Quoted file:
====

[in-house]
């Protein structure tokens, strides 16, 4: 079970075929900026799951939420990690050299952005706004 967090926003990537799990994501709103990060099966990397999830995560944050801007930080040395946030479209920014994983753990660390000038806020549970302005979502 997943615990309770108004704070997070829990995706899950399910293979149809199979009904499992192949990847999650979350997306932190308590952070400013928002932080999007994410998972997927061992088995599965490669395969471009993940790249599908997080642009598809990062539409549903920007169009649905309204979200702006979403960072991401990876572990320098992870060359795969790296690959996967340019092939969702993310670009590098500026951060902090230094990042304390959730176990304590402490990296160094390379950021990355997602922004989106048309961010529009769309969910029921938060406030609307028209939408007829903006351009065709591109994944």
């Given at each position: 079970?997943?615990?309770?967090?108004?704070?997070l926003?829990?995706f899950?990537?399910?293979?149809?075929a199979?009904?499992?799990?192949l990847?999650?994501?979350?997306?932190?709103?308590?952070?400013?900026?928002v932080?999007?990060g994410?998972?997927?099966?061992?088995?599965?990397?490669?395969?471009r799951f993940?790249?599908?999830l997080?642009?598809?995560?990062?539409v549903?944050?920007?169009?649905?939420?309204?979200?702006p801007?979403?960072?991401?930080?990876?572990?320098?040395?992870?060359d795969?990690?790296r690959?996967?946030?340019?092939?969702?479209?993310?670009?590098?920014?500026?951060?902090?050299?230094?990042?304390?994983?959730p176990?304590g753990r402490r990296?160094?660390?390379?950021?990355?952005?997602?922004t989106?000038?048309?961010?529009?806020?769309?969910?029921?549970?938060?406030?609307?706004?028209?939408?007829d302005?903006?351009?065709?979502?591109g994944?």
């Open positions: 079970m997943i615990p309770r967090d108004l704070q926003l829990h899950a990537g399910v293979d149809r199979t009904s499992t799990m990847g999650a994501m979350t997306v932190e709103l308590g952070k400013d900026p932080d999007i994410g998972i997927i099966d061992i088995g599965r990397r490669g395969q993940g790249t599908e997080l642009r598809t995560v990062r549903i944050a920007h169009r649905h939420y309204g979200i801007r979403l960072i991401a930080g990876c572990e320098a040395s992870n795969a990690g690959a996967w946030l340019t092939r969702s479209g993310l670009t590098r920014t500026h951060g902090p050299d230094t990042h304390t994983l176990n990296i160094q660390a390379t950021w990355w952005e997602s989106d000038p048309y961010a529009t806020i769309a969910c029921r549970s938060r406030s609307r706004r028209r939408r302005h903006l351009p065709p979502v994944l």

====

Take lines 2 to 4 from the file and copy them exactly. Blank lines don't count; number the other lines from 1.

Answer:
């Protein structure tokens, strides 16, 4: 079970075929900026799951939420990690050299952005706004 967090926003990537799990994501709103990060099966990397999830995560944050801007930080040395946030479209920014994983753990660390000038806020549970302005979502 997943615990309770108004704070997070829990995706899950399910293979149809199979009904499992192949990847999650979350997306932190308590952070400013928002932080999007994410998972997927061992088995599965490669395969471009993940790249599908997080642009598809990062539409549903920007169009649905309204979200702006979403960072991401990876572990320098992870060359795969790296690959996967340019092939969702993310670009590098500026951060902090230094990042304390959730176990304590402490990296160094390379950021990355997602922004989106048309961010529009769309969910029921938060406030609307028209939408007829903006351009065709591109994944």
């Given at each position: 079970?997943?615990?309770?967090?108004?704070?997070l926003?829990?995706f899950?990537?399910?293979?149809?075929a199979?009904?499992?799990?192949l990847?999650?994501?979350?997306?932190?709103?308590?952070?400013?900026?928002v932080?999007?990060g994410?998972?997927?099966?061992?088995?599965?990397?490669?395969?471009r799951f993940?790249?599908?999830l997080?642009?598809?995560?990062?539409v549903?944050?920007?169009?649905?939420?309204?979200?702006p801007?979403?960072?991401?930080?990876?572990?320098?040395?992870?060359d795969?990690?790296r690959?996967?946030?340019?092939?969702?479209?993310?670009?590098?920014?500026?951060?902090?050299?230094?990042?304390?994983?959730p176990?304590g753990r402490r990296?160094?660390?390379?950021?990355?952005?997602?922004t989106?000038?048309?961010?529009?806020?769309?969910?029921?549970?938060?406030?609307?706004?028209?939408?007829d302005?903006?351009?065709?979502?591109g994944?």
């Open positions: 079970m997943i615990p309770r967090d108004l704070q926003l829990h899950a990537g399910v293979d149809r199979t009904s499992t799990m990847g999650a994501m979350t997306v932190e709103l308590g952070k400013d900026p932080d999007i994410g998972i997927i099966d061992i088995g599965r990397r490669g395969q993940g790249t599908e997080l642009r598809t995560v990062r549903i944050a920007h169009r649905h939420y309204g979200i801007r979403l960072i991401a930080g990876c572990e320098a040395s992870n795969a990690g690959a996967w946030l340019t092939r969702s479209g993310l670009t590098r920014t500026h951060g902090p050299d230094t990042h304390t994983l176990n990296i160094q660390a390379t950021w990355w952005e997602s989106d000038p048309y961010a529009t806020i769309a969910c029921r549970s938060r406030s609307r706004r028209r939408r302005h903006l351009p065709p979502v994944l």